That goal came through sustained pressure and excellent combination play. Arsenal had taken up positions to lay siege around the Tottenham box and that made the difference. First an intricate flick from Theo set up Van Persie for a shot which hit the post. The Gunners were able to retain the ball and had the composure to find the cross and finish. Song, Walcott, RvP, Gibbs, Arteta, and Sagna all deserve credit for that goal.
This is something Arsenal usually lack when they struggle to create chances – combination play involving multiple players in a manner that after one shot on goal the pressure isn’t eased and the second attempt follows soon after against a disorganized and stretched defence.
The equalizer came a couple of minutes later. This time too the first ball into the box was cleared, albeit in a risky and lazy manner, by Assou-Ekotto. But Arsenal had a man lurking on the edge of the box, and Van Persie took full advantage of a defence that was just getting back to shape after dealing with the first attack. His strike was superbly placed and gave Friedel no chance.
It’s important to note that the first ball in behind was for Theo to run on to. Walcott’s positioning and pace were the reason the opportunity was created. Rosicky’s presence high up the pitch put pressure on the left-back and was also a factor in his error.
A minute later the Gunners could have taken the lead but Gibbs, after skipping past a couple of players, narrowly missed a teammate with his pass in the box. Theo too missed a half-chance when he couldn’t effectively latch on to Kyle Walker’s naive attempt to chest the ball inside his own box.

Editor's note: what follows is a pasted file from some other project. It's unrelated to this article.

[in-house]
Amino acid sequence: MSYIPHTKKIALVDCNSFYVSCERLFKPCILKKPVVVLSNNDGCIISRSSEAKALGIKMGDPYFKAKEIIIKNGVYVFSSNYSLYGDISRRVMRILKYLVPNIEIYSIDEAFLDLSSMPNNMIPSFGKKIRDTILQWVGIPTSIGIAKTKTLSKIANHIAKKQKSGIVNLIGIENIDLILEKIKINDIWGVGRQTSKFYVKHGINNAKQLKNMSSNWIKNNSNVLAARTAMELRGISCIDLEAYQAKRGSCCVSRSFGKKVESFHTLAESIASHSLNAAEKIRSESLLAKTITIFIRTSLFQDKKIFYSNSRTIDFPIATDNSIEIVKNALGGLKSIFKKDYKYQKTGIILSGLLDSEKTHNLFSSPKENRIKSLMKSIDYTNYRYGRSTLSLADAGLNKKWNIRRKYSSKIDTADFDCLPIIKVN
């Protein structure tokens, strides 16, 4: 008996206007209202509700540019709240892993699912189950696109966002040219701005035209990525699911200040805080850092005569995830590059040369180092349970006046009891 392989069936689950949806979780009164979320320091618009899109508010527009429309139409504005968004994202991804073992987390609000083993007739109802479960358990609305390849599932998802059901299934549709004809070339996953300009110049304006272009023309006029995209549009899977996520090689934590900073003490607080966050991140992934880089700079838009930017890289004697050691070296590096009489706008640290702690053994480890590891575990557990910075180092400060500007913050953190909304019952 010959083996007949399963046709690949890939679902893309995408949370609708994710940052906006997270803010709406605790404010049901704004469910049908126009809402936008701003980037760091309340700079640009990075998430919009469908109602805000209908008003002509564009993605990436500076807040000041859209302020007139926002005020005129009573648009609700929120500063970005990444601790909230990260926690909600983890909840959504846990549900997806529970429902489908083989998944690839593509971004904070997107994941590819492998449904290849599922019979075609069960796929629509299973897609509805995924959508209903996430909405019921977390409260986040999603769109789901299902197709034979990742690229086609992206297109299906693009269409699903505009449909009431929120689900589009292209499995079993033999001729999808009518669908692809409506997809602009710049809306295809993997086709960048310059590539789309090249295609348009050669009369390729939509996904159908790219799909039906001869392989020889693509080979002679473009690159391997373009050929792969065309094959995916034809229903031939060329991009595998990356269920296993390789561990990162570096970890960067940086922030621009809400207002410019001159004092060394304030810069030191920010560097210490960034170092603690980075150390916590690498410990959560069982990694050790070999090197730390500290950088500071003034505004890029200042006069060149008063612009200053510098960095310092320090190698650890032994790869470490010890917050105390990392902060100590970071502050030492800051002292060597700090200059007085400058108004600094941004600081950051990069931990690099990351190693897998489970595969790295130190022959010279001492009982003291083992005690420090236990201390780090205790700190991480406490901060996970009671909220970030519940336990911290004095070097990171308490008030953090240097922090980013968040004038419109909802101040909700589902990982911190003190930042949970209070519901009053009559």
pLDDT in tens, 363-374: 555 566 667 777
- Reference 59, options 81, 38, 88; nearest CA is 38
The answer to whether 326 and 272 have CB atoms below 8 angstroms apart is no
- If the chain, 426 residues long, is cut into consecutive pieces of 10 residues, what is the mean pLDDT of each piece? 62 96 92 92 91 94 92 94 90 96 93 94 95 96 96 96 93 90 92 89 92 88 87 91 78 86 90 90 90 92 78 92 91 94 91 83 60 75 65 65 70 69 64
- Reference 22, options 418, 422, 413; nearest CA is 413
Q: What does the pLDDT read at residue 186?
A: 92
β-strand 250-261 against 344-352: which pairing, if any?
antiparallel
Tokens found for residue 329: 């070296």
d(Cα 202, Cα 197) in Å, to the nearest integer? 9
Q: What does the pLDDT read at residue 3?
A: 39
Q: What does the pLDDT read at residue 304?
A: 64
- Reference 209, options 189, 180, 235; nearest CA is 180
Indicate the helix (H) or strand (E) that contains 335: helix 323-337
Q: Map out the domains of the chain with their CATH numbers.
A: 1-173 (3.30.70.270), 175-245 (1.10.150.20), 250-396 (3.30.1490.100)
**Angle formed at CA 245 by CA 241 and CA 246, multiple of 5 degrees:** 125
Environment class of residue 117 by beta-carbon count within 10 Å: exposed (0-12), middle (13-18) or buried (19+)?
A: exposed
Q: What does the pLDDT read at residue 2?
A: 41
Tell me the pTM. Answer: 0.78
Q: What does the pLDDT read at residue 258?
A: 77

At half-time Arsenal had all the momentum. Redknapp made a couple of substitutions in order to get more bodies in the middle. He brought Sandro on for Saha and Van der Vaart on for Kranjcar. That should have given the visitors more of an ability to control the ball but they were set up to play the long-ball/counter-attack game and never really got hold of the ball despite a change in personnel. For their part, the Gunners deserve plaudits for denying their opponents any time or space on the ball. It was Arsenal’s turn to raise the intensity.
The third goal was a sensational counter-attack from the Gunners. Spurs were pushing men forward and were trying to replicate the kind of pressure they’d created at the start of the game. Vermaelen won the ball just outside the Arsenal box. Song and Gibbs played a one-two in a tight space and both did superbly to resist the pressing. Once a side pressing high up is negated with excellent technical play, they can be caught at the back. Song picked out and unmarked RvP around the halfway line. De Kapitein played it wide to Rosicky who played the second delightful one-two of the move with Sagna. The full-back’s cross was a tad scuffed and there was a bit of luck with the deflection of Assou-Ekotto’s leg but the finish was just sublime as Little Mozart had a very narrow gap to thread with the outside, just had to be, of his weaker foot.